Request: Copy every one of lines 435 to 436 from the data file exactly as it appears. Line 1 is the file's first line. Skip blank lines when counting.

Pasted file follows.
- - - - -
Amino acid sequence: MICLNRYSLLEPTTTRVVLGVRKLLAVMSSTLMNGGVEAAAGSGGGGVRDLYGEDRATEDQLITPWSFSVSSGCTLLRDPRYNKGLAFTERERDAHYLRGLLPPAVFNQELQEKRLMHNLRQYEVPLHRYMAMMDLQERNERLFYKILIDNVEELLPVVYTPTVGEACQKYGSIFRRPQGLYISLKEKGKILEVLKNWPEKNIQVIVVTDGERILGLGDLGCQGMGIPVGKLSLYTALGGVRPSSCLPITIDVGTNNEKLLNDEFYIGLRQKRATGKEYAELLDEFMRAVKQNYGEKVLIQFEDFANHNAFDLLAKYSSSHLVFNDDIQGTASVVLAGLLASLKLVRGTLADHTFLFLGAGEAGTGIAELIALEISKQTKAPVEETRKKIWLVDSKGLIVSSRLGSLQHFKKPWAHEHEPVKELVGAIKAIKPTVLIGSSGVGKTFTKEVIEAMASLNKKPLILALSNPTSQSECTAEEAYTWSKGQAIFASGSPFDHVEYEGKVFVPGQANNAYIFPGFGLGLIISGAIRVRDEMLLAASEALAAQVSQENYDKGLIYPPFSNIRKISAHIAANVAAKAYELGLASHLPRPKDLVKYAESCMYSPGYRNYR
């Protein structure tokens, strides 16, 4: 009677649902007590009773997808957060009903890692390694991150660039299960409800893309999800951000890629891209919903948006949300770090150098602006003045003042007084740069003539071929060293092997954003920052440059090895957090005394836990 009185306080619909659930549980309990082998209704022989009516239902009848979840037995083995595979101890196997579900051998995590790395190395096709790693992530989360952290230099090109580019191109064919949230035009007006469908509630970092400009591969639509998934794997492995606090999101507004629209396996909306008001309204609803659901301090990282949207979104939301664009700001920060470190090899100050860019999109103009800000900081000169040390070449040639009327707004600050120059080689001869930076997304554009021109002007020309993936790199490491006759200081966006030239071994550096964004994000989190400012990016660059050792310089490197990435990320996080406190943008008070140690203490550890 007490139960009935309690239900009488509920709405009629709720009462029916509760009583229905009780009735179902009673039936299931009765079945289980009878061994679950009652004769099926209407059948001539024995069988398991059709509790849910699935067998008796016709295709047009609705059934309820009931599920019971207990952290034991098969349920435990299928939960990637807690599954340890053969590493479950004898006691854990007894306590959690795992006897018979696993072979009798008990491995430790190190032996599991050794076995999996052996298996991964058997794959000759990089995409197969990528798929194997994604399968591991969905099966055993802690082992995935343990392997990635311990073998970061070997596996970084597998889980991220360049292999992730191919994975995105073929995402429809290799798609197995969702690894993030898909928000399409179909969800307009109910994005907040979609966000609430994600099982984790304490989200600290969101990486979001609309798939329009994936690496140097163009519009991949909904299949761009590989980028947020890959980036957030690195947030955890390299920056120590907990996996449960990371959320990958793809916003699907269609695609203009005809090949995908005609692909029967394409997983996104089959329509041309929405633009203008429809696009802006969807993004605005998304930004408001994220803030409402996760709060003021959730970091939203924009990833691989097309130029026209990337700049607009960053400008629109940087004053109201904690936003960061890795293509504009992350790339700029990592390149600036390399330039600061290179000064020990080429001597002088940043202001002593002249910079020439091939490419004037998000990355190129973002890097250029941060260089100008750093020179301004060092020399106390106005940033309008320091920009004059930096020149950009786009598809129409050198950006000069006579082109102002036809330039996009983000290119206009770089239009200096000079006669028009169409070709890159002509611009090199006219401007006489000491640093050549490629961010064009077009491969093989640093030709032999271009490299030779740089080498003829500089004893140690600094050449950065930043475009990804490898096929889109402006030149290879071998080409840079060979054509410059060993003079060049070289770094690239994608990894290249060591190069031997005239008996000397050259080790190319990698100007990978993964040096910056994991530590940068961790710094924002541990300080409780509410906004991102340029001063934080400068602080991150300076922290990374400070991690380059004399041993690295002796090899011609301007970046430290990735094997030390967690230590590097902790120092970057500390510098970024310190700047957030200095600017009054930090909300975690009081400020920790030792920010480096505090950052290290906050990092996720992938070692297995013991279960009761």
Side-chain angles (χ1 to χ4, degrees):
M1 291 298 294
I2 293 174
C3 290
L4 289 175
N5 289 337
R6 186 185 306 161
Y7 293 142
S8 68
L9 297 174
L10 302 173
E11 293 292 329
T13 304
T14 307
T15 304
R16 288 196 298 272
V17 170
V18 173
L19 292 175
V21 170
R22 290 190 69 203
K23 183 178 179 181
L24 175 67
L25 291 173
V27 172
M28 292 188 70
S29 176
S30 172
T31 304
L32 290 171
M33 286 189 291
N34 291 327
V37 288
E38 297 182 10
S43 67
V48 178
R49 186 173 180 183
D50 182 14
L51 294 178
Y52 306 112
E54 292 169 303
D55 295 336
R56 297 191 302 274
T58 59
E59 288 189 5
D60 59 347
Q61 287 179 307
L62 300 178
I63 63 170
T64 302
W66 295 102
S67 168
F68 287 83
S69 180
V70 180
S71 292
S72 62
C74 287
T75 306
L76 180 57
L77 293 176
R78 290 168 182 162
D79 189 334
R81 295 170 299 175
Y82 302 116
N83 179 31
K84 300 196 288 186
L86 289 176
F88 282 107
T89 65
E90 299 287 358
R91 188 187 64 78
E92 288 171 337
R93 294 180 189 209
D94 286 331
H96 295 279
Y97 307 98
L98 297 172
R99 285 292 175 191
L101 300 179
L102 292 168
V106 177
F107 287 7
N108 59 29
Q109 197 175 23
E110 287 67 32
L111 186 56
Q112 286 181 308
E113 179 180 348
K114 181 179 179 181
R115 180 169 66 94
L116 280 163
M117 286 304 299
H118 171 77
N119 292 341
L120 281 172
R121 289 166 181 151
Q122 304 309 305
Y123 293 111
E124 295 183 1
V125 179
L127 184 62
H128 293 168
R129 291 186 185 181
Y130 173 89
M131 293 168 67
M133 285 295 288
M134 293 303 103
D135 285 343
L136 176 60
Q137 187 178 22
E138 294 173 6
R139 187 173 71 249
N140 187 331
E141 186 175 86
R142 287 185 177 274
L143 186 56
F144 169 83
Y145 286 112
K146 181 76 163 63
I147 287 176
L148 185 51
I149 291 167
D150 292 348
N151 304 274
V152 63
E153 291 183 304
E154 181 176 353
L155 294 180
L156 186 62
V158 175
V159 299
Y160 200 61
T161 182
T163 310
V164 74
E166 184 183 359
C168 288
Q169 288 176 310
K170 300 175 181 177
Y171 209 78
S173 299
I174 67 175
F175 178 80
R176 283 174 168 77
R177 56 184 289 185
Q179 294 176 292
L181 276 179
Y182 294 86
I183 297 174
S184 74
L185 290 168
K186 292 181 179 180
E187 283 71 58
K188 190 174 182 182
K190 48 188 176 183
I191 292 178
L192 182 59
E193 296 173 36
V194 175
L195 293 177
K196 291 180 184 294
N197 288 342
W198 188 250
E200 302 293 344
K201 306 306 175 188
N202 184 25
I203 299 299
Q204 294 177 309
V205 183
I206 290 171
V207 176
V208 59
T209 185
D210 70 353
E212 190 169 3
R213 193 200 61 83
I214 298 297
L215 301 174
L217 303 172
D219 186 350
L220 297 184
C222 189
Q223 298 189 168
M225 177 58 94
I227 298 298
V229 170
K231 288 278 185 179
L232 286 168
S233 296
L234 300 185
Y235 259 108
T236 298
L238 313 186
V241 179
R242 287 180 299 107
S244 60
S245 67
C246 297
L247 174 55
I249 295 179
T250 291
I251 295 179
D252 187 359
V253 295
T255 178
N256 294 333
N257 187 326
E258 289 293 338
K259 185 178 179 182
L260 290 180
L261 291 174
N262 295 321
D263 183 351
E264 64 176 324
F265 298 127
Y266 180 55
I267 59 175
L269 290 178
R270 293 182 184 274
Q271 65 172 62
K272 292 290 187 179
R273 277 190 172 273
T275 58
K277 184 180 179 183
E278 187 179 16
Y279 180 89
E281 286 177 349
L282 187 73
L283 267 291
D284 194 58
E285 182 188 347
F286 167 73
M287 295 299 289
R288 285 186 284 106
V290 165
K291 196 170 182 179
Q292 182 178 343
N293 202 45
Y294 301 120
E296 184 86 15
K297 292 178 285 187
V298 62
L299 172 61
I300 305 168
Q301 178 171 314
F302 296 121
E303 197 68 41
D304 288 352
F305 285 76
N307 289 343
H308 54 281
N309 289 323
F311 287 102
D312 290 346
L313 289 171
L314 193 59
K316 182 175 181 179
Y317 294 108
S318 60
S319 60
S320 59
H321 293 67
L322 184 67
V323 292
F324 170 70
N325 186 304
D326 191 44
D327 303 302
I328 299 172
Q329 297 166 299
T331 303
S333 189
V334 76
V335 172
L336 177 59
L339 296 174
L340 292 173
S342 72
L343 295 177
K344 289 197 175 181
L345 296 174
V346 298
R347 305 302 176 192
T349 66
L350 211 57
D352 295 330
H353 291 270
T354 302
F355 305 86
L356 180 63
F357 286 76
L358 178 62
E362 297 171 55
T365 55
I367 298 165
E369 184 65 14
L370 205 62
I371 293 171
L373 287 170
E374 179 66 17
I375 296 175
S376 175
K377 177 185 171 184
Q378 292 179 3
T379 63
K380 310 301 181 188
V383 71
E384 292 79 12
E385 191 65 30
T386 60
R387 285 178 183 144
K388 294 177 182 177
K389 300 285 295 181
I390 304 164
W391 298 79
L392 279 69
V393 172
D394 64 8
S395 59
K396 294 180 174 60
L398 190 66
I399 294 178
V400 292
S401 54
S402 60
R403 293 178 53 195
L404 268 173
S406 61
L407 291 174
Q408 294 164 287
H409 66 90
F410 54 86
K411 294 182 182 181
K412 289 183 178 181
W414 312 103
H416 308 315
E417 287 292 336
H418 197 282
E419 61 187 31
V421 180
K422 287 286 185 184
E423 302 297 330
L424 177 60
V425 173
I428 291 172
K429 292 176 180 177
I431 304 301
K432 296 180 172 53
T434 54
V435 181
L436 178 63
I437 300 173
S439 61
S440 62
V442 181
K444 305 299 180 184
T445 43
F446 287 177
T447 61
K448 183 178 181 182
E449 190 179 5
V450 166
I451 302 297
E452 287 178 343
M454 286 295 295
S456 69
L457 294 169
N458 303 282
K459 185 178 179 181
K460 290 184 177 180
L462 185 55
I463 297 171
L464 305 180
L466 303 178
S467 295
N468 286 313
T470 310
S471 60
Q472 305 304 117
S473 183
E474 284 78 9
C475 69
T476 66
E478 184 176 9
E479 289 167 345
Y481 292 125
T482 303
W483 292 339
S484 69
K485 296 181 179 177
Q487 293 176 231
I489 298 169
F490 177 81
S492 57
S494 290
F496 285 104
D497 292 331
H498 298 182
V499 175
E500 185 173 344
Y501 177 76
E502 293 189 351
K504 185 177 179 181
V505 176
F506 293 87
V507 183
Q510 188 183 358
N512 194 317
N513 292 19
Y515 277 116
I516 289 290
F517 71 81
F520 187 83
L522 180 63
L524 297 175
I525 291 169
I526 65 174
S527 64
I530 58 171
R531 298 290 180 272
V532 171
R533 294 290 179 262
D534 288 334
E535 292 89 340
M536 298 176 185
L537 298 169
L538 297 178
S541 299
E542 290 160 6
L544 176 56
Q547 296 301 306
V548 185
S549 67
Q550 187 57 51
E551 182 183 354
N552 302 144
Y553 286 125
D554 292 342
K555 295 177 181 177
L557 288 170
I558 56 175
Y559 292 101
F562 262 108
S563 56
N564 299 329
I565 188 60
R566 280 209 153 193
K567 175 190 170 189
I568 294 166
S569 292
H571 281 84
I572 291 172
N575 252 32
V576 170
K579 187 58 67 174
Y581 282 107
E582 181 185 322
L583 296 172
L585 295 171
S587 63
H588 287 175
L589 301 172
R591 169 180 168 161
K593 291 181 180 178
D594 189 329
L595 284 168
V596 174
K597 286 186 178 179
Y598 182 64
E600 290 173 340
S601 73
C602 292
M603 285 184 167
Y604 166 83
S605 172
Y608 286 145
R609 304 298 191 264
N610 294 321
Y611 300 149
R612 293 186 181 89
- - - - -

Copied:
V548 185
S549 67